"Why can't all members vote?"

Good question. History. In the beginning of SSCA all members were Commodores and today's accomplishments to become a Commodore, while less defined, were required to become a member at all. The Bulletin was so popular that we added subscribers to provide wider distribution and share information with more cruisers. As the ranks of subscribers expanded and they (we at the time) became more active as volunteers we decided that "subscriber" wasn't an appropriate name and changed to Associates.

For some years we have been discussing that. The last vote of the Commodores failed to extend the franchise to Associates by one vote. There is a move afoot to take another motion to the Commodores to expand the franchise. The sponsors are working hard to craft a motion that will pass.

I don't know that CF is the forum for discussions of the internals of SSCA. I'm happy to talk about it but here is probably not the place. The SSCA Forum is open (you don't have to be a member to participate) and is probably a better place for this specific discussion. I don't want to tread too heavily on the hospitality of CF and the moderators.

"Are the dues the same for all members or do "Commodores" pay more."

Dues are the same for all members, except for Lifetime, Honorary, and Junior Commodores. Lifetime Commodores have been Commodores for 25 years and no longer pay dues. Honorary Commodores are luminaries (mostly SSCA award winners) who are awarded memberships. There are a small handful of those; they don't vote. Junior Commodores are young people who meet the requirements to be a Commodore on their parent's boat; they don't vote.

The benefits of membership are the same for all, as are the dues.

In my personal opinion, not as an officer of SSCA, becoming a Commodore is a recognition of commitment to cruising and demonstrated seamanship. Not every Boy Scout becomes an Eagle Scout.

Earning Commodore status recognizes accomplishment and carries the responsibility to mentor those that follow in our wake and to support the traditions of SSCA. The voting issue is an oddity of history and not cast in stone.

"Commodores are our compass, Associates are the wind in our sails."

Anyone can be a Commodore. Tick the boxes. It won't happen sitting at the dock. You have to go cruising.

Quote:
Originally Posted by Kettlewell View Post
To get Commodore status you must meet certain requirements including having sailed for so long, lived aboard for so long, and having X number of miles offshore, etc. Can't remember the details, and I believe they have changed since I became one. It sounds like a snooty title, but when the organization was founded they were deliberately creating an organization for long-distance sailors that didn't fit in with the typical organized yacht club crowd of the time in blue blazers, etc. The term "Commodore" was therefore tongue-in-cheek, and an inside joke. The original club was very salty and saw themselves as a "disorganization," very different from other clubs. Being a Commodore was an inside joke to them.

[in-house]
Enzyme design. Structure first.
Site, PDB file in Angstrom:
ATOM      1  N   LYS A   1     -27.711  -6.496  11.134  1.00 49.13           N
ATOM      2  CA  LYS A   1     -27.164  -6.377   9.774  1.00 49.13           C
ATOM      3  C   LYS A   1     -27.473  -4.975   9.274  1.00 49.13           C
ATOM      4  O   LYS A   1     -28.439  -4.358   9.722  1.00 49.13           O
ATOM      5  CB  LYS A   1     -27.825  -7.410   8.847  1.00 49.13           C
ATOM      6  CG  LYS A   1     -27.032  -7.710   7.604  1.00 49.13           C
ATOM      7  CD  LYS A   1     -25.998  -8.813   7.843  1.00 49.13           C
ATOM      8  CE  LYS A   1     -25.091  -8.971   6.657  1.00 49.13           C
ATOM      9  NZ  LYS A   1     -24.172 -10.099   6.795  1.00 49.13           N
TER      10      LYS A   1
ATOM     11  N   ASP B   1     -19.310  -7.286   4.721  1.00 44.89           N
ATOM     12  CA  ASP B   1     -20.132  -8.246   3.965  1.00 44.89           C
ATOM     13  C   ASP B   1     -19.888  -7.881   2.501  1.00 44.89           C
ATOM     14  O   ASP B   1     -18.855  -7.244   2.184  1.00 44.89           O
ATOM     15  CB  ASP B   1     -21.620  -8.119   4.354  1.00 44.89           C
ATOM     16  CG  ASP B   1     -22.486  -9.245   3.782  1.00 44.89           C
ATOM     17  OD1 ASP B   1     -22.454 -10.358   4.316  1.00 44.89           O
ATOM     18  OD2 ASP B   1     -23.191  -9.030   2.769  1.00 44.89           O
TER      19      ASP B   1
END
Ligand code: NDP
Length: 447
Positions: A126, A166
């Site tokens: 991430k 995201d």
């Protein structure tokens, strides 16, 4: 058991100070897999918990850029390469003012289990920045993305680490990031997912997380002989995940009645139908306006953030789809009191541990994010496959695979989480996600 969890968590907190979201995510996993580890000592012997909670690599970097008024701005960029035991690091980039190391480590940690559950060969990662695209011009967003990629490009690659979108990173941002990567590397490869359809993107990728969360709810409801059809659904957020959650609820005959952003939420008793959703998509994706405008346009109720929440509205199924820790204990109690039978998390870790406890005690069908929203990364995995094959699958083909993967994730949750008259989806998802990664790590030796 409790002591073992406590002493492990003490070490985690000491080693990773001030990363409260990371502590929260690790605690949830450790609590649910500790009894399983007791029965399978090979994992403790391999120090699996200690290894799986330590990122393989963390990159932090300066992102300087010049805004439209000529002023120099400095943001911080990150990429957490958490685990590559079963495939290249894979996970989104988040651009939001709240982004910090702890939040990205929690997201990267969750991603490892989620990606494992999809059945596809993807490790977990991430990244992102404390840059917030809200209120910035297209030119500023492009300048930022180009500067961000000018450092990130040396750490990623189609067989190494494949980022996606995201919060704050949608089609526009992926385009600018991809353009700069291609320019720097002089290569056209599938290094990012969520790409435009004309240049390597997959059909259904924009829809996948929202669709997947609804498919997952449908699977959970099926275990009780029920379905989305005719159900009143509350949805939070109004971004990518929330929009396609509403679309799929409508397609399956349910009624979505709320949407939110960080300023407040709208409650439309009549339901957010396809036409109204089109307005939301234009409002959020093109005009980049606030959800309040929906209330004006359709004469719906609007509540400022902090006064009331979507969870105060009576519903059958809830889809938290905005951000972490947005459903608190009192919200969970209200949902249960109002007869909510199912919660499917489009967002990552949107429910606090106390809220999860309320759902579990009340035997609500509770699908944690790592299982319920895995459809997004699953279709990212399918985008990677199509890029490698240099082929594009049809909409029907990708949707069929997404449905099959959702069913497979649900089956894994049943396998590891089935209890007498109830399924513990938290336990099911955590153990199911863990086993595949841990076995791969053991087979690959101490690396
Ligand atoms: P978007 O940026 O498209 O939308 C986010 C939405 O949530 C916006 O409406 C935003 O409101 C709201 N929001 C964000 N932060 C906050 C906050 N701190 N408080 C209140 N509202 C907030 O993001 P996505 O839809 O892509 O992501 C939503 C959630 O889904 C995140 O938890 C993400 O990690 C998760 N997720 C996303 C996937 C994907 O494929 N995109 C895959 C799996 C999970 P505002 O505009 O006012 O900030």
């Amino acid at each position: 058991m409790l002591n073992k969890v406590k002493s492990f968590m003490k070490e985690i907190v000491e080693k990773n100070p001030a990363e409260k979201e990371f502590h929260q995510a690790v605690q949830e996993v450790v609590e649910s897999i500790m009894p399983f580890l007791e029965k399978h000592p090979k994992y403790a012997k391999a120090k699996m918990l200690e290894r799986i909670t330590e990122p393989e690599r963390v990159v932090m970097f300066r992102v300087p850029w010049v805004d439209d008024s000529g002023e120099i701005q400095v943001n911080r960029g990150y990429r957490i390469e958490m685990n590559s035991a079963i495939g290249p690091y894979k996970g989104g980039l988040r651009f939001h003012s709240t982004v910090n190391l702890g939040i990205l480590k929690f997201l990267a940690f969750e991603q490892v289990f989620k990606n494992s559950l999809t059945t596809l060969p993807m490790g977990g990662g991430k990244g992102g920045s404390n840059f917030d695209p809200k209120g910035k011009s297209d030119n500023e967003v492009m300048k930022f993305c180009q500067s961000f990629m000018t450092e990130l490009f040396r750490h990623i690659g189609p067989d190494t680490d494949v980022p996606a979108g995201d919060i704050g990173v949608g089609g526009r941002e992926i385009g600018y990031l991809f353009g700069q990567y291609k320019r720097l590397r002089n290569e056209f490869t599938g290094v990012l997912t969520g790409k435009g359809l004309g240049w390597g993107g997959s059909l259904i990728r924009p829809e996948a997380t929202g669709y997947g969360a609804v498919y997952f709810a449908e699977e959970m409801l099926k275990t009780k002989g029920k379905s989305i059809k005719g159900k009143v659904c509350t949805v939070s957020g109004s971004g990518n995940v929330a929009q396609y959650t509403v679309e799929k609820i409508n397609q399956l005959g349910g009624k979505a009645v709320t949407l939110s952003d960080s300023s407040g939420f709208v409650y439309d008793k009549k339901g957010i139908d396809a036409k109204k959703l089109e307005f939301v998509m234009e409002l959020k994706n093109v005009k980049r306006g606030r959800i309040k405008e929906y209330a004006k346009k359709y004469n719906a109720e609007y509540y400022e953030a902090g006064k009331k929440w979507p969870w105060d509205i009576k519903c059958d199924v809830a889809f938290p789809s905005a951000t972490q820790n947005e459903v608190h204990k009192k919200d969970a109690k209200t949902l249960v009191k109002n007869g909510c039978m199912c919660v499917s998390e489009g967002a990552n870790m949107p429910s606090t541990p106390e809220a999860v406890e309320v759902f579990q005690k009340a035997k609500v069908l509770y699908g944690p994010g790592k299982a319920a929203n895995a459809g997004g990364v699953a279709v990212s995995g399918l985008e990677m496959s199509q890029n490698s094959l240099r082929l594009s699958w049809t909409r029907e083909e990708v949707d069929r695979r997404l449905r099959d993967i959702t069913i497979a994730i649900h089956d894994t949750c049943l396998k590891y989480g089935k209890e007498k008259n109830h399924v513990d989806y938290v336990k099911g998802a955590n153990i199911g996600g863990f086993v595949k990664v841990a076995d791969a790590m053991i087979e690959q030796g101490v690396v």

John is exactly right. Many yacht clubs have hundreds or even thousands of members. They have one Commodore and likely a Rear Commodore, various Captains, and such.

The roots of SSCA are that everyone was a Commodore. By opening our arms to those preparing to cruise, interested in cruising, or happily cruising on a more limited basis we share information with a wider base.

We have a Board of Directors and Officers like most organizations. We got too big to function on the ancient Roman basis of everyone votes for everything.

There is no hierarchy. The burgee I fly is the same as other Commodores. My first year on the Board, as an Associate, I flew the same burgee as other Associates. My vote as President carries no more weight than that of any other member. Board meetings are open to any interested member (conference calls so no one is geographically challenged).

In my view the contributions of the individual are more important than titles. Active volunteers quickly figure out who makes contributions and who does not. We have some real quiet heroes, many of whom are volunteering for things that serve cruising at large and not just SSCA.

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Old 17-02-2013, 09:40   #66
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Re: Seven Seas Cruising Association -SSCA

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I tend to measure organizations against the RYA in the UK...


I somehow missed one. RYA has been a great organization. I was a member when I lived in the UK. I really like the extent of educational opportunities but as you say the things that bring revenue seem to dominate.

We think our webinar approach that covers costs and points some beer money to the instructor is a good one.

Not all the presenters are members. If you have credible expertise in a relevant topic we'd be happy to hear from you. Sue Torgersen leads that for us but for CF I'll volunteer (that word again) to help any CF member through the process of presenting their first couple of webinars. You really need Powerpoint (MS $) or the Open Office equivalent (free) but if you have something really spiffy I'll even help you build charts.